JP Blanchard First Balloon Flight in America

The First Balloon Flight in North America.

9th January 1793.

Jean Pierre Blanchard decided to set out for America aboard the ship Ceres on September 30, 1792. He arrived in Philadelphia on December 9th and was received by President George Washington and Pennsylvania Governor General Thomas Mifflin.

Blanchard had already made 44 balloon flights in Europe; he proposed to make his 45th in the United States.

The City of Philadelphia allowed him to use the yard of the Walnut Street Prison, on the southeast corner of 6th and Walnut Streets. Temperatures were relatively mild for that time of year. Despite the cloudy skies, he began filling the balloon with hydrogen, or “inflammable air”, as he called it. Then the sun came out.

There was a flurry of excitement outside the prison at a quarter to ten, when a carriage bearing President George Washington arrived. As the President stepped down, the crowd hushed respectfully. Fifteen cannons roared in salute.

Inside the yard, Blanchard was ready. When the president approached, followed by the French ambassador and other dignitaries, Blanchard took off his plumed hat, bowed briefly and exchanged pleasantries with his distinguished guests.

Blanchard loaded some food, wine, and meteorological instruments into the balloon gondola and prepared to cast off. Just as he was going to take off, a well-wisher shoved a small black dog into Blanchard’s arms which he accepted rather dubiously. He dropped the animal into the basket and climbed into the wicker basket, President Washington shook his hand, wished him bon voyage, and handed him a ‘passport’ letter recommending ‘to all citizens of the United States, and others, that… they oppose no hindrance…to the said Mr. Blanchard’ and assist him in his efforts to ‘advance an art, in order to make it useful to mankind in general.’

A cannon report signalled the start of the flight. At first, he hovered a foot off the ground as two men held on to the gondola. Then, he asked them to let go and the balloon took off. As he ascended, Blanchard was “astonished” at the “immense number of people, which covered the open places, the roofs of the houses, the steeples, the streets, and the roads, over which my flight carried me in the free space of the air.”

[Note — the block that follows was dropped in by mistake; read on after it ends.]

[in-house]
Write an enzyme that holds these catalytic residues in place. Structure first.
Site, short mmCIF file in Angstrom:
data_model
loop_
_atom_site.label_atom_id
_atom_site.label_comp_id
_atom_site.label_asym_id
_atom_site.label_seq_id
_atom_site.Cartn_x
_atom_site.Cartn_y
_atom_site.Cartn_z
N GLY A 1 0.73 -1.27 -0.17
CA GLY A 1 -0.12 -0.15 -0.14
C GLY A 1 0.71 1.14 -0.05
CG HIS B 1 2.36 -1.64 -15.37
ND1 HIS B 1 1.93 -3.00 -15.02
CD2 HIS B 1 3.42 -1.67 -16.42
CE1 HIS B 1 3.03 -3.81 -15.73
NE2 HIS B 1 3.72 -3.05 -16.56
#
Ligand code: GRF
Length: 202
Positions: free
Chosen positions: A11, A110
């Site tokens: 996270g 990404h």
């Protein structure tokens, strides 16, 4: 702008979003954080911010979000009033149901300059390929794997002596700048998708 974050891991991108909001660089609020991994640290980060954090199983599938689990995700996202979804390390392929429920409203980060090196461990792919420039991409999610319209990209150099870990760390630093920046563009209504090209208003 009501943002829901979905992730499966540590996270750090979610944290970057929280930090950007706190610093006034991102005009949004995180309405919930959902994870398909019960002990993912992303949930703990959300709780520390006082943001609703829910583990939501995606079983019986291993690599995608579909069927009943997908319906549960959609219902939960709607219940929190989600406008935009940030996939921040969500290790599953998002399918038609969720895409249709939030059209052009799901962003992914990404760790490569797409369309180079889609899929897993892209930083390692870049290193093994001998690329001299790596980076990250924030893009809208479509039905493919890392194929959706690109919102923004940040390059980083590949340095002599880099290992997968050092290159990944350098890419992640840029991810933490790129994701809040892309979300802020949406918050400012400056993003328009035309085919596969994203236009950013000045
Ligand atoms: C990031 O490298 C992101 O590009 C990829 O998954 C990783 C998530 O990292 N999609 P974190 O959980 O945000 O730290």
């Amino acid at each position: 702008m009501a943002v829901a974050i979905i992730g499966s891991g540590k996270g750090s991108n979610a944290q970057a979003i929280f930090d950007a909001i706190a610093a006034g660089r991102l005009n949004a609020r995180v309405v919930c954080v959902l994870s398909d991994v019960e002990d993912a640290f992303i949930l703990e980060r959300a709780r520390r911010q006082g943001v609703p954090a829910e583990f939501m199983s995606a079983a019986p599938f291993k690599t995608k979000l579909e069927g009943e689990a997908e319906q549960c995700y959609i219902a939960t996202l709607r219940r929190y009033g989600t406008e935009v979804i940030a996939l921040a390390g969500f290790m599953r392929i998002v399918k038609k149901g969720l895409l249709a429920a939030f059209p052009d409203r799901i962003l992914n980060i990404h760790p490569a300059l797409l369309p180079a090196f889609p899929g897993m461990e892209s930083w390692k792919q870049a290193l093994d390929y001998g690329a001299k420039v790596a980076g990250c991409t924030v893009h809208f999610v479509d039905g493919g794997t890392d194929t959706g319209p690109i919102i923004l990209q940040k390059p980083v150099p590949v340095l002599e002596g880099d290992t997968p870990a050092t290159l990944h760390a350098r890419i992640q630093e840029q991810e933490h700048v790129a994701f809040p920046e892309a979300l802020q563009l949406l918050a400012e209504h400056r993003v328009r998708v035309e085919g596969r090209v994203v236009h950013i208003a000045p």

He heard their cheers as he passed overhead and headed south.

“I strengthened my stomach with a morsel of biscuit and a glass of wine”, Blanchard later wrote He decided to land on the New Jersey side of the Delaware River. Opening the valve, he began his descent. At first the balloon was headed toward a densely wooded area, so Blanchard released some ballast to regain altitude. On the third attempt, he finally found a suitable landing spot. Jean Blanchard landed in Deptford Township, New Jersey, at 10:56 AM. He’d travelled about fifteen miles.
A curious observer noted the balloon and came over for a look. At first, he seemed a bit afraid and was about to leave, then Blanchard held up a bottle of wine. Soon, the man was helping him gather the balloon for transport back to Philadelphia.

Another person turned up carrying a gun. The first man assured him Blanchard was an “honest man” and had some “excellent wine.” Soon, all three were organising the balloon.

More people arrived and before long, the balloon envelope was packed inside the gondola and everything loaded on a carriage.

Everyone seemed impressed by the note from President Washington. “How dear the name of Washington is to this people!” he later wrote.
Accompanied by a large group of horsemen, Blanchard rode to a tavern about three miles away. There, he met Mr. Jonathan Penrose, who offered Blanchard a ride back in his carriage .
After crossing the river, Penrose had another carriage ready and they went to the lawyer’s house in Southwark.

While Blanchard ate another meal, Penrose arranged to get the balloonist back to Philadelphia.

He arrived at his room around 7:00 pm, the first flight in the new Republic a complete success.


 The Nuttall Encyclopædia

The first Air Voyage in America – First person Account by Jean Pierre Blanchard.

Ballooning 1782-1972